The impact of moral injury on the wellbeing of UK military veterans
BMC Psychology volume 9, Article number: 73 (2021)
Experiences of potentially morally injurious events (PMIEs) have been found to negatively impact the mental health of US personnel/veterans, yet little is known about the effect of PMIEs on the mental health of the UK Armed Forces (AF). This cross-sectional study aimed to examine the association between PMIEs and the mental health outcomes of UK AF veterans.
Assessments of PMIE exposure and self-report measures of common mental disorders were administered using an online questionnaire to 204 UK veterans. Subjects were classified as having experienced a morally injurious event (n = 66), a non-morally injurious traumatic event (n = 57), a ‘mixed’ event (n = 31), or no event (n = 50).
Potentially morally injurious experiences were associated with adverse mental health outcomes, including likely anxiety disorders and suicidal ideation, compared to those who reported no event exposure. The likelihood of meeting criteria for probable PTSD was greatest in those who had experienced a non-morally injurious trauma. No statistically significant association between alcohol misuse and experiencing a PMIE or traumatic event was observed.
The results provide preliminary evidence that potentially morally injurious experiences are associated with adverse mental health outcomes in UK AF veterans. Further work is needed to better understand the interplay between morally injurious events and threat-based trauma in order to design effective pathways for prevention and intervention for people exposed to highly challenging events.
Military service can involve exposure to potentially morally injurious events (PMIEs), which are experiences that violate one’s moral or ethical code [1, 2]. PMIEs are understood to generally include acts of commission, omission or betrayal by trusted others . More recent evidence suggests moral injury can follow ‘mixed’ events which combine ethically challenging and more routine traumatic events, involving threatened or actual death, serious injury or sexual assault, which are otherwise consistent with criterion A for DSM-5 posttraumatic stress disorder (PTSD) [2, 4,5,6]. PMIEs in a military context are not uncommon; for example, 24% of US Marines reported engaging in at least one morally transgressive act and 28% experienced a betrayal event during deployment .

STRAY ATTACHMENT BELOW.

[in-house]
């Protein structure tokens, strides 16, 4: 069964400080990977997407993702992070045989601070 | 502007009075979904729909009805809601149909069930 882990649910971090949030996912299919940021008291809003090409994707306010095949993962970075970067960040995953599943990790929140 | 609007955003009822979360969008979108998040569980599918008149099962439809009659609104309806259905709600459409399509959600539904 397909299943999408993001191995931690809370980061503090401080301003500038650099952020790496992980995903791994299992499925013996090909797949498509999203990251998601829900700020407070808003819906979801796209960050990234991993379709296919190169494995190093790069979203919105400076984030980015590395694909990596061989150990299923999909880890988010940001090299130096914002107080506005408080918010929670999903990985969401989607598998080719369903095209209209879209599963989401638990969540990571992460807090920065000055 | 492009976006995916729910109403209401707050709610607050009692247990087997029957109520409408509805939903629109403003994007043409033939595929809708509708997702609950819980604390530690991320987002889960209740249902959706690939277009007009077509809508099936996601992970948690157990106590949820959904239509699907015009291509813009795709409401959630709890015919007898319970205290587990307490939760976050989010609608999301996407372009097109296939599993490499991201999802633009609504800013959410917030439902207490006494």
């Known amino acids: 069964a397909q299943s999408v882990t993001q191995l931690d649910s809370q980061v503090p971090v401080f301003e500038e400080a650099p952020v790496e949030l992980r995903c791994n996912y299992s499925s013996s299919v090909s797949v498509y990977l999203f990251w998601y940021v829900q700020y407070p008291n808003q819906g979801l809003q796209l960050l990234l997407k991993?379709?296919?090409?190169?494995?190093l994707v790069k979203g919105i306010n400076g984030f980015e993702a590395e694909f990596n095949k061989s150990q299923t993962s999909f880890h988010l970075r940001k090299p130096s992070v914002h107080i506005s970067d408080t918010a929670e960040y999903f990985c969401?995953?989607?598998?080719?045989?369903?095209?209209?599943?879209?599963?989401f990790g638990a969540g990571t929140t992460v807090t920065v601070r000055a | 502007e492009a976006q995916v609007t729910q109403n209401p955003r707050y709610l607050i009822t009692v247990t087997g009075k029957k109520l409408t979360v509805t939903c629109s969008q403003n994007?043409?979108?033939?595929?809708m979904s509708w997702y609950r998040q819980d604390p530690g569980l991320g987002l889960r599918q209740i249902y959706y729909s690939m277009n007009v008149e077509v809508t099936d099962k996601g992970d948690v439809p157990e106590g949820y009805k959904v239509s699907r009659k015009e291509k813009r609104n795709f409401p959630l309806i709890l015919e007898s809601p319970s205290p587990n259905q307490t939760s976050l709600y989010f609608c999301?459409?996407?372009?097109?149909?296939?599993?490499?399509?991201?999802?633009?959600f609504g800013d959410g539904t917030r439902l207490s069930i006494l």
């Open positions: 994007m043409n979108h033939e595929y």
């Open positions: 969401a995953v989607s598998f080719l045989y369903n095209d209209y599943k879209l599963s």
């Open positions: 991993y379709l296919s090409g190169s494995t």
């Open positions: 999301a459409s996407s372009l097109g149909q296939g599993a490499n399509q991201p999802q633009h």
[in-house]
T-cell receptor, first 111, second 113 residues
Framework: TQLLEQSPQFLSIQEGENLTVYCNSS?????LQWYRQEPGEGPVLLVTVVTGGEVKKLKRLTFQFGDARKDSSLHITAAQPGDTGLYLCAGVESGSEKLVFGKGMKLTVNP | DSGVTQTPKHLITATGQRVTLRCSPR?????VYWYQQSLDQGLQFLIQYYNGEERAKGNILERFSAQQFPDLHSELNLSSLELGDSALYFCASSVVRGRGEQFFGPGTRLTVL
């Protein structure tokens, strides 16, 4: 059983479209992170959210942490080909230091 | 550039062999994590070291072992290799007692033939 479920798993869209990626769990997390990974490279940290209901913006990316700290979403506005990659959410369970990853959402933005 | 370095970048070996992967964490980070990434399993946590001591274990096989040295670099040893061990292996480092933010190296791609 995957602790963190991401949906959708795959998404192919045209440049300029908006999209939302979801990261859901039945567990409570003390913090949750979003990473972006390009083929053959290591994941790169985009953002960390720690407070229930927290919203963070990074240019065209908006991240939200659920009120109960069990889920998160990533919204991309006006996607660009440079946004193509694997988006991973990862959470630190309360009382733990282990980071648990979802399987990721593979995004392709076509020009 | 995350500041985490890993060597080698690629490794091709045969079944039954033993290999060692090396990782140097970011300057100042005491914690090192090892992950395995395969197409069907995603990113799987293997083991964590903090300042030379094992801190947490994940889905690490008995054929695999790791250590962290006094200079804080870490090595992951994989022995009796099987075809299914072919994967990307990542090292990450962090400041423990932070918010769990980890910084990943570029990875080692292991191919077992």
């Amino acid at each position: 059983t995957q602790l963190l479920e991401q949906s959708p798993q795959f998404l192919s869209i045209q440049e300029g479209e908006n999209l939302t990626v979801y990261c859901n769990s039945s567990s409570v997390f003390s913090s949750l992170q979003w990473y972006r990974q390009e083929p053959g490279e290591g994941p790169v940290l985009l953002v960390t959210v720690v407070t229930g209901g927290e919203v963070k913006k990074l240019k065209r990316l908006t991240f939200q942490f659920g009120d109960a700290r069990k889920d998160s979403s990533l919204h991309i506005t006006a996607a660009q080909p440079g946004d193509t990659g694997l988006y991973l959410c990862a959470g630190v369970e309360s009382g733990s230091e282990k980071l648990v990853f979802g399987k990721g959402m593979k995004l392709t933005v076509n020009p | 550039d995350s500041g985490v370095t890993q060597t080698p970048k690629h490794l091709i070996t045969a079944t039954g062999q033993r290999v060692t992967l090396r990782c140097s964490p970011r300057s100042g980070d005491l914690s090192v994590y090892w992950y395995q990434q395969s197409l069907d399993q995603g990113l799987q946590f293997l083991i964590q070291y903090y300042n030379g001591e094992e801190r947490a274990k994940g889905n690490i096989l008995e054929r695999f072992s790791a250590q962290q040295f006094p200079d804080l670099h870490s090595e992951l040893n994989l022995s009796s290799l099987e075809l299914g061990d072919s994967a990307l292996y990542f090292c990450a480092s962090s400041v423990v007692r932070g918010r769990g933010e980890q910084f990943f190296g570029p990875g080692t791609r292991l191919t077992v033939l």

While moral injury is not currently considered a mental disorder, experiences of PMIEs can lead to negative attributions about the self (e.g. ‘I am an awful person’) and others, as well as profound feelings of guilt, anger, worthlessness and shame . This in turn can lead to the development of formal psychological difficulties. Moral injury has been found to be significantly associated with PTSD, depression and suicidal ideation [9, 10]. Furthermore, patients who seek treatment for PTSD often report PMIEs as the most distressing event for them .
The majority of evidence relating to the impact of moral injury on wellbeing stems from studies carried out in US military or veteran populations [11, 12]. However, US and UK militaries often differ in terms of demographics (e.g. US troops are frequently younger, larger proportion of National Guards/reserves ), have distinct deployment experiences (e.g. US troops often deploy for longer) and there are differences in the rules of engagement which may affect exposure to PMIEs. Similarly, once personnel have left service, veterans in the UK and US may face a number of distinct challenges, including different experiences in accessing healthcare (e.g. National Health Service (NHS) versus Department of Veterans Affairs). Qualitative studies of UK veterans have shown that they experience intense psychological distress following a PMIE, which can significantly disrupt their daily functioning [2, 14]. However, the association between PMIE exposure and mental health outcomes in a UK veteran population has not yet been explored. Previous US military and veteran studies have shown a significant association between experiences of moral injury and likely mental disorders, including PTSD, anxiety and depression [3, 15, 16]. Whether the same occurs in a UK context is unknown.
To address this gap, the primary aim of this study was to examine the association between potentially morally injurious experiences and the mental health outcomes of UK Armed Forces (AF) veterans. We hypothesised that those exposed to morally injurious events or traumatic events would be more likely to report poor mental health outcomes, including PTSD, alcohol misuse, suicidality, depression and anxiety, than those who did not report exposure to a challenging event during the course of their military service.
This study received ethical approval from King’s College London Research Ethics Committee (RESCM-17/18-4002).
Between November 2018 and April 2019, eligible veterans (defined as serving personnel who had left the UK AF) were recruited to the study. Eligibility required veterans to be aged 18 years and above, English speaking, and to be willing to self-report their experiences during military service. No limitations on eligibility according to demographic characteristics (e.g. gender, age, rank, years of service) were imposed. Further, we did not restrict participation by deployment location or AF service branch.